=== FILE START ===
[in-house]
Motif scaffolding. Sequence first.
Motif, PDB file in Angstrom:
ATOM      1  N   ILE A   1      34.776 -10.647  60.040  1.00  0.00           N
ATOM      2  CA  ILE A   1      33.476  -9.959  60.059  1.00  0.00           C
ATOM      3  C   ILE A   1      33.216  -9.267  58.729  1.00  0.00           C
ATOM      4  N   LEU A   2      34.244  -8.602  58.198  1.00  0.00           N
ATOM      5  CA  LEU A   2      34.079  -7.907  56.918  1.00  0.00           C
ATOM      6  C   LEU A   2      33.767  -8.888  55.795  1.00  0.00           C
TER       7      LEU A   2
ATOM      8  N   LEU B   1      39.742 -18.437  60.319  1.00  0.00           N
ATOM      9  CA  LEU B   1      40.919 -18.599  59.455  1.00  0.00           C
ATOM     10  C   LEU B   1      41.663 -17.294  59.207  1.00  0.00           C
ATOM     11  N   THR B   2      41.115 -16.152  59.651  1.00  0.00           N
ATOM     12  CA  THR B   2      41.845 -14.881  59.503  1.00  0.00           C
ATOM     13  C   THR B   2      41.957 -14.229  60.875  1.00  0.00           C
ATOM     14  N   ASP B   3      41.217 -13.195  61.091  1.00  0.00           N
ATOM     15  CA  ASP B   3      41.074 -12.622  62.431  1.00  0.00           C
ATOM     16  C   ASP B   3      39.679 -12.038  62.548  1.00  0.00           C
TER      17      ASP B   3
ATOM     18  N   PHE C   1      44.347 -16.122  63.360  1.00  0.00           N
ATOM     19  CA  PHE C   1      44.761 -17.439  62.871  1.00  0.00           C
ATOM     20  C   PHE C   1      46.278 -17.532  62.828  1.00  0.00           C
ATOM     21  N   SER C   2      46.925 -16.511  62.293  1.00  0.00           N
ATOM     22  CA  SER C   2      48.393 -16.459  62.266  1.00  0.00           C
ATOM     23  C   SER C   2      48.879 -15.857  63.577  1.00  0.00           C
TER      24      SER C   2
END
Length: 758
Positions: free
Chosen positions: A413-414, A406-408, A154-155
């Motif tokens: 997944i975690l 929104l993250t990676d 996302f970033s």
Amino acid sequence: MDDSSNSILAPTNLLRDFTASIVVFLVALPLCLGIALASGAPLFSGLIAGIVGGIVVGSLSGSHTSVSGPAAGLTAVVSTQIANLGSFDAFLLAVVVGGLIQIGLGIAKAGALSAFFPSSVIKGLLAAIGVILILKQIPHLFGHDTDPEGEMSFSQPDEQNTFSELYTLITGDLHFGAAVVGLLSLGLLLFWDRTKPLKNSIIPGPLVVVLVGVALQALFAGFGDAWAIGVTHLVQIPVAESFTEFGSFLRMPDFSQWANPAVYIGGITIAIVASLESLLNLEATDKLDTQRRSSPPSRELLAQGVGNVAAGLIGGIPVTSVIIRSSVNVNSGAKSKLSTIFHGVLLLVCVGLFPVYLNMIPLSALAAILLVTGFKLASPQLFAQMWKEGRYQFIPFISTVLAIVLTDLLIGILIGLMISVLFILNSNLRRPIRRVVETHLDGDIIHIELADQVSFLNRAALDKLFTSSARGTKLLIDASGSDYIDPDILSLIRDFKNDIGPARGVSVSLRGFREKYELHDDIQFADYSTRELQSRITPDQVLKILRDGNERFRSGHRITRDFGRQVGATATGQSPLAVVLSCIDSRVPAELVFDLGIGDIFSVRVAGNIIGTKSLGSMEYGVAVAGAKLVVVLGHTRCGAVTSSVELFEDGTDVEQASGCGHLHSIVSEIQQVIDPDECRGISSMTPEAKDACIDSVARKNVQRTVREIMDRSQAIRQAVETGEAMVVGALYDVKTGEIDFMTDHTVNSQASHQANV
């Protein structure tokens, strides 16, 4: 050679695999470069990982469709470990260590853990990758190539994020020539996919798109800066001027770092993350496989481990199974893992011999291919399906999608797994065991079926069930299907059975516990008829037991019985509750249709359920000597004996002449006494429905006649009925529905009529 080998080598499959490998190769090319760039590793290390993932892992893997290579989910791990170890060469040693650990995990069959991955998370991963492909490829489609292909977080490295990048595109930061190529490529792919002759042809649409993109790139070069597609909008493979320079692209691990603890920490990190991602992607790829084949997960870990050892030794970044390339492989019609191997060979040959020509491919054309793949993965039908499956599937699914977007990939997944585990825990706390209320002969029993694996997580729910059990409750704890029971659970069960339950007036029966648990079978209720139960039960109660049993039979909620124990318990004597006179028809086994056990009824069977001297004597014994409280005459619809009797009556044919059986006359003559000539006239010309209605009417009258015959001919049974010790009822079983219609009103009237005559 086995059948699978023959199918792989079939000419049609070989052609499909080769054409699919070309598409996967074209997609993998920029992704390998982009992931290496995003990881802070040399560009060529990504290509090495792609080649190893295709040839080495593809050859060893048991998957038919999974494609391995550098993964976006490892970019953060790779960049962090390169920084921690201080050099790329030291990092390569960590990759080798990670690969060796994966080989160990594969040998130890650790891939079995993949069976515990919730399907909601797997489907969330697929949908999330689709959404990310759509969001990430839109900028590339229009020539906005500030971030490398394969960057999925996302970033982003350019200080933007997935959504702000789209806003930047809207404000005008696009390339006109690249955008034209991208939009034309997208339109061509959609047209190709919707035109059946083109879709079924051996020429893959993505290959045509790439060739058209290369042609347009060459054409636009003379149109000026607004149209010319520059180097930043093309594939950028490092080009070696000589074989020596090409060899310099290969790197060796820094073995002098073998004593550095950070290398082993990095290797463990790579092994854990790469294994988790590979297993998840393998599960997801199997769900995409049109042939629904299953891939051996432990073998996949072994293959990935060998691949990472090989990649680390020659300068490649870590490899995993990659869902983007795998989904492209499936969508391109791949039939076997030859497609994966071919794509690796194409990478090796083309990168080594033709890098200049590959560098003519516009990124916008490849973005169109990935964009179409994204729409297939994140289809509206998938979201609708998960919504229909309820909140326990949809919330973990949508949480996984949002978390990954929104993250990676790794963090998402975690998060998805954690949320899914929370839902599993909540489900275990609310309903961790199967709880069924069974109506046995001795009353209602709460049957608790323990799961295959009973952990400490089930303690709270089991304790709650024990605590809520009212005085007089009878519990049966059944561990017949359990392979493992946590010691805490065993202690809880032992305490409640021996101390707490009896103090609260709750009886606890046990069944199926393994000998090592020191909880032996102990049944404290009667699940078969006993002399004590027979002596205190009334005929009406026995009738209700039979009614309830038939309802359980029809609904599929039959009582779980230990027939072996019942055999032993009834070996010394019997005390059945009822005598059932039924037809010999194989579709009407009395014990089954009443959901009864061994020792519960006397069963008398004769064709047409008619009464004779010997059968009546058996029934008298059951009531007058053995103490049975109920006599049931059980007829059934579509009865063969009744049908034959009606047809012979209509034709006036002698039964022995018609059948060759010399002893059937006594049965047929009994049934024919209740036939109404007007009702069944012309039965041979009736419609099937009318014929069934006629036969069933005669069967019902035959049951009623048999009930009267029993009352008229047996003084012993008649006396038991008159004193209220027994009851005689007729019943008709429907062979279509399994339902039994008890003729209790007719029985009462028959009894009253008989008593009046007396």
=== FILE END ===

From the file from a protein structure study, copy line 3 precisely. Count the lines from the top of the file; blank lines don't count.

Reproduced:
Motif, PDB file in Angstrom: